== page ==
Protecting yourself on the highway, whether you’re a road worker or a driver, is a lot easier these days with the help of modern personal protective gear and road safety equipment. We take a look at some useful road safety innovations out there which have been designed to make using highways and byways in Australia less hazardous.
Road Safety Vests
High-visibility clothing is a necessity if you’re a doing any night shift road work or out and about in the evening for recreational purposes, like cycling, jogging or walking the dog. One of the newest ways to get lit up is with the Verve vest marketed by You Saw Me. This is a lightweight minimalist vest with coloured blinking lights designed to be seen from up to a mile away. As well as reflective material, it has 60 integrated LED bulbs that have eight different blink modes, 10 dimming settings and 30 hours of 9V battery life. It is waterproof, washable and has handy pockets.
Biker-Mate in Norway
Motorcyclists are one of the target markets for the Verve vest since this category is high risk when it comes to being vulnerable to road traffic. Road safety manufacturers ERS have also come up with the idea of an energy absorbing pad made out of polypropylene called the Biker-mate. This attaches to lamp posts, traffic lights and other hard objects at blackspots that could cause serious injury to anyone coming off a motorbike at speed. Tests have shown that the Biker-mate has an absorption rate of 68% and lessens the likelihood of severe injury. It is currently being used in the UK, Norway, Australia and New Zealand.
As well as being easily seen when you’re on a road, it is crucial to be able to be clearly informed day and night when there are road works or an accident. Reflective signs and road markers need to be highly visible to warn motorists, so they have plenty of time to slow down. This need has meant engineers are designing new and improved retroreflective sheeting that performs much better than glass beads with aluminium backing. Diamond grade is the retroreflective sheeting most commonly used nowadays for road signs and construction zones and has a visibility of 1,500 feet at night.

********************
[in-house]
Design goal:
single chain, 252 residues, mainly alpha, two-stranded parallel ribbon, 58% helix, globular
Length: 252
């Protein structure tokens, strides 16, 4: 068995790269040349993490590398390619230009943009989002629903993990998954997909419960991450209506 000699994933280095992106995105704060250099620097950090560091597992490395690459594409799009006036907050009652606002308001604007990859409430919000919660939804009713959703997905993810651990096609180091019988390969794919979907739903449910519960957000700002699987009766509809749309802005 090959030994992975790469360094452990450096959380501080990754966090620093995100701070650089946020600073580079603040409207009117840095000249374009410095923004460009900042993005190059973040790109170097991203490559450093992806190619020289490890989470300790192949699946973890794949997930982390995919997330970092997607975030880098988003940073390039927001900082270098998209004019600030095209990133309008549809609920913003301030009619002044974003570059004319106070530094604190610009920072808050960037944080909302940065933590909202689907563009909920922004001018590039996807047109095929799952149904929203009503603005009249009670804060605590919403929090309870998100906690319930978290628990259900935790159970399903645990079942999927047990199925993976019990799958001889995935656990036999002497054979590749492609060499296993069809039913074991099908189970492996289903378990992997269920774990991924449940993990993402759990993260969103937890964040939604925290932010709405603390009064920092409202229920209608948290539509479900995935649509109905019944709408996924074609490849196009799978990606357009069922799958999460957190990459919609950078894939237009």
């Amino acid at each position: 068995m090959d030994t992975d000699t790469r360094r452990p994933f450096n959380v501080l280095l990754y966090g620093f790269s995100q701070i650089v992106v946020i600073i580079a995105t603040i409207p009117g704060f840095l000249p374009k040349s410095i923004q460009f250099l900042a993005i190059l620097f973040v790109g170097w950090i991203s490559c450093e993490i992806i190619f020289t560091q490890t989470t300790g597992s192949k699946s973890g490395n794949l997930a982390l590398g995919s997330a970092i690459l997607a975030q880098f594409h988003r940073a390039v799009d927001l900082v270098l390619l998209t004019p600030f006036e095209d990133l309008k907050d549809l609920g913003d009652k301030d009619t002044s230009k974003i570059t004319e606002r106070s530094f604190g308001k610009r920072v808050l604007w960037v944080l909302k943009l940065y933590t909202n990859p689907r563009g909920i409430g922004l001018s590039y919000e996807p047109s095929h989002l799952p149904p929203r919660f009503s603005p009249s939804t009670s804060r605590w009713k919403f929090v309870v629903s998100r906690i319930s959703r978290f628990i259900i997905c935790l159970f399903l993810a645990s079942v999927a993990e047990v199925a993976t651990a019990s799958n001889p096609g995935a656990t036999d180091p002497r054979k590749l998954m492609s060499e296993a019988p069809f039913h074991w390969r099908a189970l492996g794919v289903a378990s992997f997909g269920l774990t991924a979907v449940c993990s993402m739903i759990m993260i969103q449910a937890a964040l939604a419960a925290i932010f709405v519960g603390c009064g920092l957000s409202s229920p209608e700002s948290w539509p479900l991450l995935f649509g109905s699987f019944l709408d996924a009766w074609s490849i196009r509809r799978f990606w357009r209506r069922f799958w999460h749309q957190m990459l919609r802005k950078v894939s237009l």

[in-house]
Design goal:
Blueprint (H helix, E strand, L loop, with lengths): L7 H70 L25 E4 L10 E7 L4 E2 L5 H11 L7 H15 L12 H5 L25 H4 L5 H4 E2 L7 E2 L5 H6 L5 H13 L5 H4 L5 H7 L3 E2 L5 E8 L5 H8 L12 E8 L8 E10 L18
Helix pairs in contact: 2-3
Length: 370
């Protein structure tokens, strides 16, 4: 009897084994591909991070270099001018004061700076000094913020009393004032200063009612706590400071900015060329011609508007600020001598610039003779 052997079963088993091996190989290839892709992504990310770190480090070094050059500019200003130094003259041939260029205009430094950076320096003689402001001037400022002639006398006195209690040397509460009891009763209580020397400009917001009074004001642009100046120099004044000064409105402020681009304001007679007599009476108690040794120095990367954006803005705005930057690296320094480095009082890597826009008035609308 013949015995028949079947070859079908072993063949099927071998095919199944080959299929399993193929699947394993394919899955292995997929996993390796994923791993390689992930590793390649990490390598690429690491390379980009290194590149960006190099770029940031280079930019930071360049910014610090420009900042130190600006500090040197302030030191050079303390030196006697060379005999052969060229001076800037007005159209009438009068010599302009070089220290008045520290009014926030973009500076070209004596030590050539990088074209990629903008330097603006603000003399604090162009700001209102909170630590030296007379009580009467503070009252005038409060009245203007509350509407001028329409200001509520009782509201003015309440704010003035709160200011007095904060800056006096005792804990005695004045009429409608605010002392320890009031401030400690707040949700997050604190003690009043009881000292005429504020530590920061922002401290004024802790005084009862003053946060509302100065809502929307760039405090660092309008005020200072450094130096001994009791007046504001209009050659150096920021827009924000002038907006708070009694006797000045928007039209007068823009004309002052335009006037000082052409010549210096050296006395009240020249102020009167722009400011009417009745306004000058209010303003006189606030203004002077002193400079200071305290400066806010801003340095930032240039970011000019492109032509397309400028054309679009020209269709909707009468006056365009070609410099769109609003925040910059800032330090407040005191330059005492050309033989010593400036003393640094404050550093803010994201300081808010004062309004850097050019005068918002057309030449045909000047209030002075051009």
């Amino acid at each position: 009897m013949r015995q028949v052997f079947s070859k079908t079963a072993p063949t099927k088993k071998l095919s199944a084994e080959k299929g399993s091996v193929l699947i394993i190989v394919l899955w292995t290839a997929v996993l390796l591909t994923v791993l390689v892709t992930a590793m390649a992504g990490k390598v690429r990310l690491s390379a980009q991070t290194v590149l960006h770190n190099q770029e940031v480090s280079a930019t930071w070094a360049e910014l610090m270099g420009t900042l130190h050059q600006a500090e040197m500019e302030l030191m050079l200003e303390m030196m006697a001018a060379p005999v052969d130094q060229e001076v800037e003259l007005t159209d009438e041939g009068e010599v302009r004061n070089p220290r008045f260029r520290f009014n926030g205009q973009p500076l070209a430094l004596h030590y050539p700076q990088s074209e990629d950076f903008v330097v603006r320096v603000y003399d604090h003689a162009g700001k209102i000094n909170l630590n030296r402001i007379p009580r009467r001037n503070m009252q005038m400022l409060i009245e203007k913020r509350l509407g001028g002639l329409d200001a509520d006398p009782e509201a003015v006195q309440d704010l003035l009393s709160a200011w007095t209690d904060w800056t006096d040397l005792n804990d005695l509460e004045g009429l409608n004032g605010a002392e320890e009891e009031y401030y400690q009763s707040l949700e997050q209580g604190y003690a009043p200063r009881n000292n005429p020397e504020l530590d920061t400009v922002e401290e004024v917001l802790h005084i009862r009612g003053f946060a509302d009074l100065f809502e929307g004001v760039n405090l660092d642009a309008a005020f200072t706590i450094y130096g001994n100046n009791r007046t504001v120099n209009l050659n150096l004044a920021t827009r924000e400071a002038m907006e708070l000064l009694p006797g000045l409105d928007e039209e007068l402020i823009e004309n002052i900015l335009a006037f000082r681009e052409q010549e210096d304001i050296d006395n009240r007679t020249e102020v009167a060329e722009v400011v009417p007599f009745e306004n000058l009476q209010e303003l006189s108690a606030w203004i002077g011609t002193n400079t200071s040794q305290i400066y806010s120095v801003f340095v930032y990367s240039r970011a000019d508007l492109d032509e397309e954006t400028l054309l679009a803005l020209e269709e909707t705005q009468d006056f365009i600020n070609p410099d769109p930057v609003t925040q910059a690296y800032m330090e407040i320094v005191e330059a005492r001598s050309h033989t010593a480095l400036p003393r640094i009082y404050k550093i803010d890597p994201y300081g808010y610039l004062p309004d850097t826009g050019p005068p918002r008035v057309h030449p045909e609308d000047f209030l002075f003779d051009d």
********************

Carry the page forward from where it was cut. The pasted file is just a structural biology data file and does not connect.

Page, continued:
Solar powered signs
Another development in road signs is the use of solar power as a green alternative for electricity usage. As well as being highly efficient and sustainable all year round, solar powered signs can be used in remote locations not able to access power. These warn motorists of hazardous conditions and to slow down when nearing potential blackspots.
Glow in the Dark Roads
Taking road illumination a step further are the Dutch, who have opened a strip of glow-in-the-dark highway on the N329 in Oss. As well as illuminated lane markings to enable motorists to see where they are going, the ‘smart’ highway was initially designed to inform motorists about weather conditions, temperature and also charge electric cars. So far, they’ve just settled for photoluminescent road paint that is charged by sunlight during the day and lasts for 10 hours. Since streetlights are turned off at night in the Netherlands to save money, it is a welcome environmentally-friendly road safety innovation.
We’ve alw ays known that rumble bars are a useful traffic management device. After all, we’ve installed them in such a variety of projects including on mine sites, at drive-thru restaurants and even as a delineation kerb in the Sydney Light Rail Project. However, it seems that the humble rumble bar has almost limitless applications when it comes to helping keep vehicles, pedestrians and drivers safe.
Rumble bars are one of the most cost effective road safety innovations of recent years. They are extremely cost-effective, durable and easy to install.
A vehicle-friendly driver-alert system (they provide a visual and audible cue for drivers), Rumble Bars are suitable for use as lane dividers or delineators, merging lanes and crossing guides and can even be use to lock wheels in place and secure vehicles from rolling.
This article was first published in April 2015 and has been updated in January 2021.